The World Cup draw in South Africa had all the razzmatazz you would expect from such occasions and some. Not every draw gets Nelson Mandela, albeit on video. And quite right too that the Gandhi of our time was there.
(A touch of irony here for the real Gandhi, when he lived in South Africa, tried and failed to become a member of the Natal Football Association. Would the history of the world, or at least that of the British Empire, been different if Gandhi had been lured to football instead of civil disobedience? Discuss but do not tweet please.)
Unlike the real Gandhi, our Gandhi has an interest in sport and no man worked harder for South Africa to get the World Cup. When his country first bid for the 2006 World Cup, he even rang the King of Belgium to persuade him to get the Belgian FIFA member, Dr Michel D’Hooghe, to vote for South Africa. The good Belgium doctor had to interrupt a meeting of the FIFA Executive, which was then gathered in FIFA headquarters in Zurich to decide who would hold the tournament, to take his King’s call. That time it didn’t work. But four years later Mandela met Trinidadian Jack Warner, FIFA vice president and one of the game’s most influential power brokers, in a Zurich hotel room and this time his intervention proved crucial: South Africa beat Morocco to get the 2010 tournament.
But now that the kings and queens, modern day politicians turned saints and David Beckham have departed, the really intriguing question is: what difference will hosting the first ever World Cup in Africa make? I do not mean which country will leave South Africa with the Cup, you can take your pick from Brazil, Italy, Spain or even England.
Note I do not mention an African country. South Africa may even set a dubious record of becoming the first home country not to make it out of the group and, while Ivory Coast and Ghana have their admirers, it is impossible to see any of them fulfil Pele’s dream of an African country winning the World Cup, albeit 20 years later.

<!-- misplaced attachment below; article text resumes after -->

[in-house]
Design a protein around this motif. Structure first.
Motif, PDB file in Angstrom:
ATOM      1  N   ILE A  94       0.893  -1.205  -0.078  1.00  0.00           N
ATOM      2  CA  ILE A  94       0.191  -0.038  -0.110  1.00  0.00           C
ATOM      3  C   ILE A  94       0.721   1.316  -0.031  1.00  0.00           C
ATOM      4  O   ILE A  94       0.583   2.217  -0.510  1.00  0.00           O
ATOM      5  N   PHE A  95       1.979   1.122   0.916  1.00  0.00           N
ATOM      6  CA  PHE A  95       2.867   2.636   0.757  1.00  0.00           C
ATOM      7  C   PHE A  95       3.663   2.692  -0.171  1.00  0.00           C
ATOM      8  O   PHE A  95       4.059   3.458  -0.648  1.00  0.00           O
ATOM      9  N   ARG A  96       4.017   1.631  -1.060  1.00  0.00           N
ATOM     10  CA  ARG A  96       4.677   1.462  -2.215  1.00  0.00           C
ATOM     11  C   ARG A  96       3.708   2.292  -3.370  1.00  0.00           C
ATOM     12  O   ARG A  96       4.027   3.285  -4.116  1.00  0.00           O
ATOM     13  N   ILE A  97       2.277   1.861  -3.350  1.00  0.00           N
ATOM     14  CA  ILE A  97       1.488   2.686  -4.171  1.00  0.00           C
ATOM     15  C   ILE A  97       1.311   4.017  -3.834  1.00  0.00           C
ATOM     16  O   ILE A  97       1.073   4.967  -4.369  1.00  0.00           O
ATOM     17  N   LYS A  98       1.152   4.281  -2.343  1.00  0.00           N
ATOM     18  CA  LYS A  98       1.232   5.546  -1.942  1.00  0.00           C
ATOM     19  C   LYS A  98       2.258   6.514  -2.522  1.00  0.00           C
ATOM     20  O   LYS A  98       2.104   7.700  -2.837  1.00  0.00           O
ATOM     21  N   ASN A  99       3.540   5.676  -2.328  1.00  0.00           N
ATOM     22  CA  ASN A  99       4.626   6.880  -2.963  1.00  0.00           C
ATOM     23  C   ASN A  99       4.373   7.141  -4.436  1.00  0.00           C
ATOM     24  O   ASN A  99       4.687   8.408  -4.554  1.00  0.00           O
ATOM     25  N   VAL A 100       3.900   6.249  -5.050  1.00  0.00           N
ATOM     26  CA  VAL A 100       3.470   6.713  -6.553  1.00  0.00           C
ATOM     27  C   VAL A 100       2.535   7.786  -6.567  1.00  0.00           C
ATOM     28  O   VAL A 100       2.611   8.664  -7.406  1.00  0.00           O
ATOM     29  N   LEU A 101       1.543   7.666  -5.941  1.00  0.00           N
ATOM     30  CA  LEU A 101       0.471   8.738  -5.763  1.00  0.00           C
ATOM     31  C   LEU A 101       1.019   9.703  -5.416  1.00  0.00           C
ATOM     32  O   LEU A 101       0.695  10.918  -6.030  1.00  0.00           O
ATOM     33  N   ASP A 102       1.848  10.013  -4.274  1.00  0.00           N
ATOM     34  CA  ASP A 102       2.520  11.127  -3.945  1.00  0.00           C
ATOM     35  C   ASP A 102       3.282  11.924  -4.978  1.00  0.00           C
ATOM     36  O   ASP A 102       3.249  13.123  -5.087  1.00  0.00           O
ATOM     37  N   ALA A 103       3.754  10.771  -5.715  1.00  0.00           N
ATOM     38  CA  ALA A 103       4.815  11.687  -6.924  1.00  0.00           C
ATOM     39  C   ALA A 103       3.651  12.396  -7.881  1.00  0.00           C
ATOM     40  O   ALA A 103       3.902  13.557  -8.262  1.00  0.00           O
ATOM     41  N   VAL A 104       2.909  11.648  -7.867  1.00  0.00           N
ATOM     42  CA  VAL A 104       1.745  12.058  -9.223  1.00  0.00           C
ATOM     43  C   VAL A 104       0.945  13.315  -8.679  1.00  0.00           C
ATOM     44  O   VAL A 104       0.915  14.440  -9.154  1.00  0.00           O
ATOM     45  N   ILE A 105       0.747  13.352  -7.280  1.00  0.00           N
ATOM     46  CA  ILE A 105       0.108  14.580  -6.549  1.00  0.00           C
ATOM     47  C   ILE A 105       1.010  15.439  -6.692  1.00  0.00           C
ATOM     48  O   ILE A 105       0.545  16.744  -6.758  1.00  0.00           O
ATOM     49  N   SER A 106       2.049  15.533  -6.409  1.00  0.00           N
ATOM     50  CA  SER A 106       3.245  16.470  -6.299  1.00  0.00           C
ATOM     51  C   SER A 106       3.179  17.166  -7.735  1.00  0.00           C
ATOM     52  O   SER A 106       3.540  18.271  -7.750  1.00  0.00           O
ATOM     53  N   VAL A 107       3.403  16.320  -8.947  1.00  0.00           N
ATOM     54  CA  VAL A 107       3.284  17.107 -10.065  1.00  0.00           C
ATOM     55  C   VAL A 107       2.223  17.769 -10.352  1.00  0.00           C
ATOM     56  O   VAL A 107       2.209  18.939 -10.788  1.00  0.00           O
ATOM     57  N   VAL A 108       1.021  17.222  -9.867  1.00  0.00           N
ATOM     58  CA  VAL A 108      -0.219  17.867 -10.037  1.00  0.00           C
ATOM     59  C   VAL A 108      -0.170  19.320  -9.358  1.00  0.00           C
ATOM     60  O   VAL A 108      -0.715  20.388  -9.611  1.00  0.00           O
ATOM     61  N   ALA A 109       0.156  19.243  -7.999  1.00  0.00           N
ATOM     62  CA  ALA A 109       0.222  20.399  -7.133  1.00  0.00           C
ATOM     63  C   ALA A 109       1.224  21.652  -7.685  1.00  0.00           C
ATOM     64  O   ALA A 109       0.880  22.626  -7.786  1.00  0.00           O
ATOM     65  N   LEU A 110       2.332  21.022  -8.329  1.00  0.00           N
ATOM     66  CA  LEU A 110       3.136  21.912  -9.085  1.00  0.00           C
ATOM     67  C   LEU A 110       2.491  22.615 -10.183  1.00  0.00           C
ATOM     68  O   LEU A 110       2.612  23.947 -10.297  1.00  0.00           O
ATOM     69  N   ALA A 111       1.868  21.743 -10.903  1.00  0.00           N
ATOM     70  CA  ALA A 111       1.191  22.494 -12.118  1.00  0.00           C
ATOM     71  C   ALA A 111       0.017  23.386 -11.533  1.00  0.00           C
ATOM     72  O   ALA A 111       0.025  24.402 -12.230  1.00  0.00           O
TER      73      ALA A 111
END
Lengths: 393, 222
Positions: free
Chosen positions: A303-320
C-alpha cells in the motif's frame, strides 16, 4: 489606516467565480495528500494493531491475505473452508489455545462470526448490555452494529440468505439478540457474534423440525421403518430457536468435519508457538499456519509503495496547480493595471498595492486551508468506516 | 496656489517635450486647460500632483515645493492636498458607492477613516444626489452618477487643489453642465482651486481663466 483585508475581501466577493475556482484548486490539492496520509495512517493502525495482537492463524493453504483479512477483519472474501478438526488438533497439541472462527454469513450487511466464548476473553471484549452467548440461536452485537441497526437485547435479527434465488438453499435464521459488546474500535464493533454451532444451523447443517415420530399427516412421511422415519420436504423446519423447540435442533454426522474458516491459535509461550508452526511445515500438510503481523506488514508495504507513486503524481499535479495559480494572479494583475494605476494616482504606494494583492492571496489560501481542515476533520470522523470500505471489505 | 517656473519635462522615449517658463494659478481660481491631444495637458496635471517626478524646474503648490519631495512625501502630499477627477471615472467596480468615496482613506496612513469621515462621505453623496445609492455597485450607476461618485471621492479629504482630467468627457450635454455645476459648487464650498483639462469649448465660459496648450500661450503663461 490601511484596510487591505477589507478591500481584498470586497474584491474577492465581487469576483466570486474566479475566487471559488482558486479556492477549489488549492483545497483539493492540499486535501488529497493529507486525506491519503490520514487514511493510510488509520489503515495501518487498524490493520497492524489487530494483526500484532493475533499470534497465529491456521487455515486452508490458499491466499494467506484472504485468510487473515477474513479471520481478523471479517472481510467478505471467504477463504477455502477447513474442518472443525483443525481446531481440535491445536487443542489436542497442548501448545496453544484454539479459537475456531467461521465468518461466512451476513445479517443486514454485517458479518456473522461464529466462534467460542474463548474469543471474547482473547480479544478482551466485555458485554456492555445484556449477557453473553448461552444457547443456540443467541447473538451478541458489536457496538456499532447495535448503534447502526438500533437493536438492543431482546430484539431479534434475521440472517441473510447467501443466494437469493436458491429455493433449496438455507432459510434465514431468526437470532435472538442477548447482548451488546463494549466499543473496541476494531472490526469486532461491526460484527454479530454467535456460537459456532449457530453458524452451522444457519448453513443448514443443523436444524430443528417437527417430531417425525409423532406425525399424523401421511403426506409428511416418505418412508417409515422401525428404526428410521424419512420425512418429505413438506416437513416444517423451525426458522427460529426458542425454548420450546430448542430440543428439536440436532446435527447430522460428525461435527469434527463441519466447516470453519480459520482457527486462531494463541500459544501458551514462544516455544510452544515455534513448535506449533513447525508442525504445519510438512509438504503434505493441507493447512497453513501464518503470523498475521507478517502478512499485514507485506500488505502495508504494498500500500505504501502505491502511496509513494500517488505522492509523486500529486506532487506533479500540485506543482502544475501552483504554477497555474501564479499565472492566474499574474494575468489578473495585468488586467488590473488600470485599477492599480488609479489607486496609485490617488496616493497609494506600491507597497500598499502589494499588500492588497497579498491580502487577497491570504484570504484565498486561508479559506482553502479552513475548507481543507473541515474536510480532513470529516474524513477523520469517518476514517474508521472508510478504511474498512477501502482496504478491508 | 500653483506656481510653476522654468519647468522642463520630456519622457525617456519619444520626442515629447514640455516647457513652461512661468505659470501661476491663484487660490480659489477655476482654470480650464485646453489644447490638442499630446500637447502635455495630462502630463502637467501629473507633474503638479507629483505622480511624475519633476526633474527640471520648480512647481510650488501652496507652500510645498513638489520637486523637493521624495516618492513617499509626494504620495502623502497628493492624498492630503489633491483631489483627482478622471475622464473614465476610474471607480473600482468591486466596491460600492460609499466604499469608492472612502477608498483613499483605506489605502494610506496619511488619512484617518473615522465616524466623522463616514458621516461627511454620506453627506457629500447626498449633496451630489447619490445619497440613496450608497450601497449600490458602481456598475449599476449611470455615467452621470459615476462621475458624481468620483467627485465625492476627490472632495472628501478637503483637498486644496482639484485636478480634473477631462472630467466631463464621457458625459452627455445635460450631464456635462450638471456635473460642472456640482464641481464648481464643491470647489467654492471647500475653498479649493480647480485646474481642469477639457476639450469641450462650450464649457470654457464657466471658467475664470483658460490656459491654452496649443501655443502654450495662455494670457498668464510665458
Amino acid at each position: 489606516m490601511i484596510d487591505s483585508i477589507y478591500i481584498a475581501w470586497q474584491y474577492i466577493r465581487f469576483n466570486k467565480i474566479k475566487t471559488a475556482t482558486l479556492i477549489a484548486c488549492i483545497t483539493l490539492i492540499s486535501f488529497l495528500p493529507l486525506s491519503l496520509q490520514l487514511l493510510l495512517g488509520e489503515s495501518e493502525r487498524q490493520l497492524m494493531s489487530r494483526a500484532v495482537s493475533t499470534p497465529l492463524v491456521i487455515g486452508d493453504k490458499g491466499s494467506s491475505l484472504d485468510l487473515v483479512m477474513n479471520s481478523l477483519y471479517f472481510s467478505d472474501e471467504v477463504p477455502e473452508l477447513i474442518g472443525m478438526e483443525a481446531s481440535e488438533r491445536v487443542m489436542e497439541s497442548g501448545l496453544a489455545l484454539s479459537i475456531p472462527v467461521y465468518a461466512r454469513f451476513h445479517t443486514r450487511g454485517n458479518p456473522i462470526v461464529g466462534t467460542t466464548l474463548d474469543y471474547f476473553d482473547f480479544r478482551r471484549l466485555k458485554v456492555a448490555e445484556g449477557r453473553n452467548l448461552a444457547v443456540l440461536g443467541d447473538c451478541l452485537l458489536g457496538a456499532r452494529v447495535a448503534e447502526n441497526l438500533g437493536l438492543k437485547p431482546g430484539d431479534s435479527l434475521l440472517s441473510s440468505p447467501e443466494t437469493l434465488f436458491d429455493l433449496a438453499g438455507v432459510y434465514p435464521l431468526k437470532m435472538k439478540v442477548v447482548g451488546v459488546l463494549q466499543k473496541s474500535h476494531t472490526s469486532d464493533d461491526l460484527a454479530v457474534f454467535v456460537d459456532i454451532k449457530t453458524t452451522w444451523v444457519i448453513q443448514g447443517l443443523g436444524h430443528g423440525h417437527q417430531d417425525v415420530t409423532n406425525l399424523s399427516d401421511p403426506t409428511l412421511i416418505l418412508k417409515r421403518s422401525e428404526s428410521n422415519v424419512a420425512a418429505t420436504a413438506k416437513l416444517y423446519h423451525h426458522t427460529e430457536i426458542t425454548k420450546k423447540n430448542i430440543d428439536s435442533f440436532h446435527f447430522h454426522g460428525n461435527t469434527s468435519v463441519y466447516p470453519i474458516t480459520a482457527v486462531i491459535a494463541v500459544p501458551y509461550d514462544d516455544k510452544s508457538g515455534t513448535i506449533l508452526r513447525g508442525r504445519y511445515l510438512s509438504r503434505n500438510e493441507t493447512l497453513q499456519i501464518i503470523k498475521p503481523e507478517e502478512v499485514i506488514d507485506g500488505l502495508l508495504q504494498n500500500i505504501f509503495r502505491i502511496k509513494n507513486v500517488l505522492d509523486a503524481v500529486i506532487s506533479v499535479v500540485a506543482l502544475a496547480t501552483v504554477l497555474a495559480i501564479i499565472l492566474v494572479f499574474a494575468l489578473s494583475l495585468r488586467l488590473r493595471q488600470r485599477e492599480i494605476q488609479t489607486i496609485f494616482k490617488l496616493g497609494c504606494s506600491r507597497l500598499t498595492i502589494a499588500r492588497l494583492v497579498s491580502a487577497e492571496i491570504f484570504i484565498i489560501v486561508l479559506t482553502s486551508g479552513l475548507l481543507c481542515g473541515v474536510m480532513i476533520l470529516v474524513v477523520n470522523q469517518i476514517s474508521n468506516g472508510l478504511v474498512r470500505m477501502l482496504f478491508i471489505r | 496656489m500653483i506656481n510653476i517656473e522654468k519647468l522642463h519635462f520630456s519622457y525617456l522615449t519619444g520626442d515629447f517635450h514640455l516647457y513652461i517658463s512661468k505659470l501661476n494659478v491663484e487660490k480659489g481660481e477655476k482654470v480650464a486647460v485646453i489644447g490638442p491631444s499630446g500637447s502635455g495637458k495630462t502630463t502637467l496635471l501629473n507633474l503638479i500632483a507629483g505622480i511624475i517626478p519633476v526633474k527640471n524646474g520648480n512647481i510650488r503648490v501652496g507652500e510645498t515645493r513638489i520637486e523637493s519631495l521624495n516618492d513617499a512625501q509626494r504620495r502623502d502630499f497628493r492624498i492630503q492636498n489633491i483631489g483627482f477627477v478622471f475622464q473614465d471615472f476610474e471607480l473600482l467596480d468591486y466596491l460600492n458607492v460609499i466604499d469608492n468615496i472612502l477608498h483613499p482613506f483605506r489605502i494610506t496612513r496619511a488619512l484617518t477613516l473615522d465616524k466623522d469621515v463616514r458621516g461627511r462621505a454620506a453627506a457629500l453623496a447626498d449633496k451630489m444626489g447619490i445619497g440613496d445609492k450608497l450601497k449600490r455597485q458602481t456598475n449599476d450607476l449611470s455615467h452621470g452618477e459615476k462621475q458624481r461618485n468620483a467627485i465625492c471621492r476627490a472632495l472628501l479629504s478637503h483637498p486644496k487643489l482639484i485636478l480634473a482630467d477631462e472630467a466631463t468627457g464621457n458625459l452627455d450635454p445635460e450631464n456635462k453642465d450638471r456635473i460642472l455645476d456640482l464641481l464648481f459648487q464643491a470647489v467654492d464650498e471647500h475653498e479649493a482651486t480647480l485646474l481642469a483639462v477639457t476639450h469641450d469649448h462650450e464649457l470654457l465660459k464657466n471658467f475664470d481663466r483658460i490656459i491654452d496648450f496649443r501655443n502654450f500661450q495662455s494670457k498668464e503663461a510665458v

No, I mean how will it change the way world football is organised?
The question is worth asking because one of the reasons for taking the World Cup to Africa was that it would open up new football markets. This was a point made very cogently by Danny Jordaan, the man who led the South African campaign and heads their World Cup organisation. Jordaan shrewdly recognised that South Africa needed more than the emotional cry that it was finally time for Africa to host the competition. To convince the doubters, South Africa also needed an economic edge to complement their emotional slogan. Jordaan’s answer was to compare football to Coca Cola.
If Coke, he argued, wanted to expand it would hardly bother with the mature markets of Europe and America. There could not be much growth there. It had to reach parts of the world it had not reached before. And that new market for football was Africa. But Jordaan for all his great skills knew he was over-egging the pudding if not distorting the argument. Yes, the South African World Cup will provide more money for the participants but it will not change the essential dynamics of the game. For all the growth potential in Africa’s virginal football markets, they are and remain secondary to Europe. Their best players have to come to Europe to play and the World Cup will not change that.
This point cannot be over-emphasised. It needs to be made because outside football in politics, economics or even in such sports as cricket, where India is the economic powerhouse and now the number one cricket team, the old continent is struggling to cope with rivals threatening its historic dominance. In football such is the mastery of Europe that in many parts of Africa, even Jordaan’s own country, you hear talk of a new European colonialism through football.